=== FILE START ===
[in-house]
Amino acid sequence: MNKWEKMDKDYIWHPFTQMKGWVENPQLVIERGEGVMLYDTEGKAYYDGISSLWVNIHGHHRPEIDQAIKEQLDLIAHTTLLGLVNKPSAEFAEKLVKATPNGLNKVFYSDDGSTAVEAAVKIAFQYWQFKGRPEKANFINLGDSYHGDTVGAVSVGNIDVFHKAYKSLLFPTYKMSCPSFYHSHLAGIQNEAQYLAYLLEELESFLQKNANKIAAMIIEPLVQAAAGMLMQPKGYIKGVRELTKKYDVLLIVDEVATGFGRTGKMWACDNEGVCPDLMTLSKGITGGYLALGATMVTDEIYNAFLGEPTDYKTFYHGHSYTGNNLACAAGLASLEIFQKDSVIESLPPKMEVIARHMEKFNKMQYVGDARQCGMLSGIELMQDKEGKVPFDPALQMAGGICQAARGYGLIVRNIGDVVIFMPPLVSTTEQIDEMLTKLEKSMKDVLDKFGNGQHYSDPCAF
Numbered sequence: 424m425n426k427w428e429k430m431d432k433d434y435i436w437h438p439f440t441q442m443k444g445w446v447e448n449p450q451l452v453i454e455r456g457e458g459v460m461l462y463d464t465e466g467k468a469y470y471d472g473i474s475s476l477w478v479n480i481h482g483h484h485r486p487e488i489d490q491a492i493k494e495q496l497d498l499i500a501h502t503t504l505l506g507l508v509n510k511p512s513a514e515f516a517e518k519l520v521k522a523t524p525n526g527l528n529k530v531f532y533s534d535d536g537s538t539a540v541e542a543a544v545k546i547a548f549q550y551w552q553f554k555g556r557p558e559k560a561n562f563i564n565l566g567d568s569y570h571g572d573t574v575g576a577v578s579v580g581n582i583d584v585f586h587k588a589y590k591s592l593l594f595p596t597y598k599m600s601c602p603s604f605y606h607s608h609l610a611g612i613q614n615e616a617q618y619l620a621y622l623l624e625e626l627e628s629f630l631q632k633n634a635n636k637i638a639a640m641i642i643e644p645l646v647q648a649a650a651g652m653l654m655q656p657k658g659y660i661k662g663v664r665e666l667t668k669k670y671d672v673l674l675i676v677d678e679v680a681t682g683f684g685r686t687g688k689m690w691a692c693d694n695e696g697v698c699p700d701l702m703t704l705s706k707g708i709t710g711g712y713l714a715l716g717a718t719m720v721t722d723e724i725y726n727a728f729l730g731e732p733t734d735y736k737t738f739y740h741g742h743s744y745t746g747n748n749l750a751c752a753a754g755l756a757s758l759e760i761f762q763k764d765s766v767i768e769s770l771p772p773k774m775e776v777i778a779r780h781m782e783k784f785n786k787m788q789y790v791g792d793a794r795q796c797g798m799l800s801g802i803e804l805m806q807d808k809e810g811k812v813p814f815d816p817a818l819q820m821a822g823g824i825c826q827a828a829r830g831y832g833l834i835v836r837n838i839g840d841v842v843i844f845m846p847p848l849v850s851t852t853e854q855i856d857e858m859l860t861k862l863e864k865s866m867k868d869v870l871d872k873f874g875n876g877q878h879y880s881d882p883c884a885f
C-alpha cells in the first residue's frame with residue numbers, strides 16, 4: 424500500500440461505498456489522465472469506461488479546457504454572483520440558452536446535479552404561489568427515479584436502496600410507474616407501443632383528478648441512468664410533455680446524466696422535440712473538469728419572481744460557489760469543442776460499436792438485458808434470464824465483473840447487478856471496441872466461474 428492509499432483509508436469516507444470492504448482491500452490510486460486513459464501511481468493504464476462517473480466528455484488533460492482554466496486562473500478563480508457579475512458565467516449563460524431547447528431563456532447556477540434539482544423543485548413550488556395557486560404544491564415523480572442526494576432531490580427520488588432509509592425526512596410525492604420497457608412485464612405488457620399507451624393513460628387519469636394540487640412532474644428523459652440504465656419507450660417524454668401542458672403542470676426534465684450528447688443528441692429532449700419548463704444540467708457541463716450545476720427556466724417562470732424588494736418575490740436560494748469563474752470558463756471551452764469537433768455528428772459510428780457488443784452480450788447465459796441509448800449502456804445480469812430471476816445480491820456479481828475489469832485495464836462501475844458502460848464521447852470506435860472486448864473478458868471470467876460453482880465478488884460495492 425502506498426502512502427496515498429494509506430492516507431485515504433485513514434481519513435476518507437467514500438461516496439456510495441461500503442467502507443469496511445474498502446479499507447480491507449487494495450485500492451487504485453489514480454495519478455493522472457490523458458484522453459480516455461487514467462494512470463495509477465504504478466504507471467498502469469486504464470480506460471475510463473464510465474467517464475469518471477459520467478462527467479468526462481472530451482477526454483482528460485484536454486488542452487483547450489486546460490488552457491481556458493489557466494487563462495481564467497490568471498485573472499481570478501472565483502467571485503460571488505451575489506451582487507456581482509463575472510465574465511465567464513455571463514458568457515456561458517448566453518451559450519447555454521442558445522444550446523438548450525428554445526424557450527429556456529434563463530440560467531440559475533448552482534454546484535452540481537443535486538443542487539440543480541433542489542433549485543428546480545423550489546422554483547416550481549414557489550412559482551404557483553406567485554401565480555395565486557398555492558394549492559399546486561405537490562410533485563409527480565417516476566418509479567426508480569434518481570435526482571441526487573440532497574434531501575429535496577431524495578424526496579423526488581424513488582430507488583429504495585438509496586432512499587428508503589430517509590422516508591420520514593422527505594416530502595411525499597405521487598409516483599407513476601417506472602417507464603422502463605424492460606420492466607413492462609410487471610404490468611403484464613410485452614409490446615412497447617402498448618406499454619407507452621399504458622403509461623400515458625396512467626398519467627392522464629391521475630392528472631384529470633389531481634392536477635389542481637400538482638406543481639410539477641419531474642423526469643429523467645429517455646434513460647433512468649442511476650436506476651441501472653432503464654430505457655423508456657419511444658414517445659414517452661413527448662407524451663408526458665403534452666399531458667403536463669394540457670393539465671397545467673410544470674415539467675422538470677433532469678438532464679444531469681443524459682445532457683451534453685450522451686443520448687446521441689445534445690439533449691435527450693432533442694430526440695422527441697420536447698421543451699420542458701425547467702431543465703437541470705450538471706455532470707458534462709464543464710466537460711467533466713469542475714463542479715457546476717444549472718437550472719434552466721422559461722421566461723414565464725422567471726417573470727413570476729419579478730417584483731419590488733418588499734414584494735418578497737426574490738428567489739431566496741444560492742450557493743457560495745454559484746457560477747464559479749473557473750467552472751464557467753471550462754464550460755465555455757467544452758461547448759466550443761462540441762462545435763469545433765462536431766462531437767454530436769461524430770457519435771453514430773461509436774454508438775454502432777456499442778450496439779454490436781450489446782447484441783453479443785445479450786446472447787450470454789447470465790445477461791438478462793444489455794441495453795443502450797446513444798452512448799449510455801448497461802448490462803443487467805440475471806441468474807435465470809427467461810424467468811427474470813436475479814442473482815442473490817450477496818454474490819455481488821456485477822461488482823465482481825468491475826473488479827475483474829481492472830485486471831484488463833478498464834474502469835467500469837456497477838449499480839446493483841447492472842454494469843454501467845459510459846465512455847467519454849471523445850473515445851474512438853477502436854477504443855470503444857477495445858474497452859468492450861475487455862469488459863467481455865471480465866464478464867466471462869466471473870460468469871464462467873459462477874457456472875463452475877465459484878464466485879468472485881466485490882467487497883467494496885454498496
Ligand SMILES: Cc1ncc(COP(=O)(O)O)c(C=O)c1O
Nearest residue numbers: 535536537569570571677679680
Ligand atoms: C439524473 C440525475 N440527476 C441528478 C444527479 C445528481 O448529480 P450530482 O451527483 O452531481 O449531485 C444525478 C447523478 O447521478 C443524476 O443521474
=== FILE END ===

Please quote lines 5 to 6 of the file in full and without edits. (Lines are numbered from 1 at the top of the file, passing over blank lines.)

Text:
Ligand SMILES: Cc1ncc(COP(=O)(O)O)c(C=O)c1O
Nearest residue numbers: 535536537569570571677679680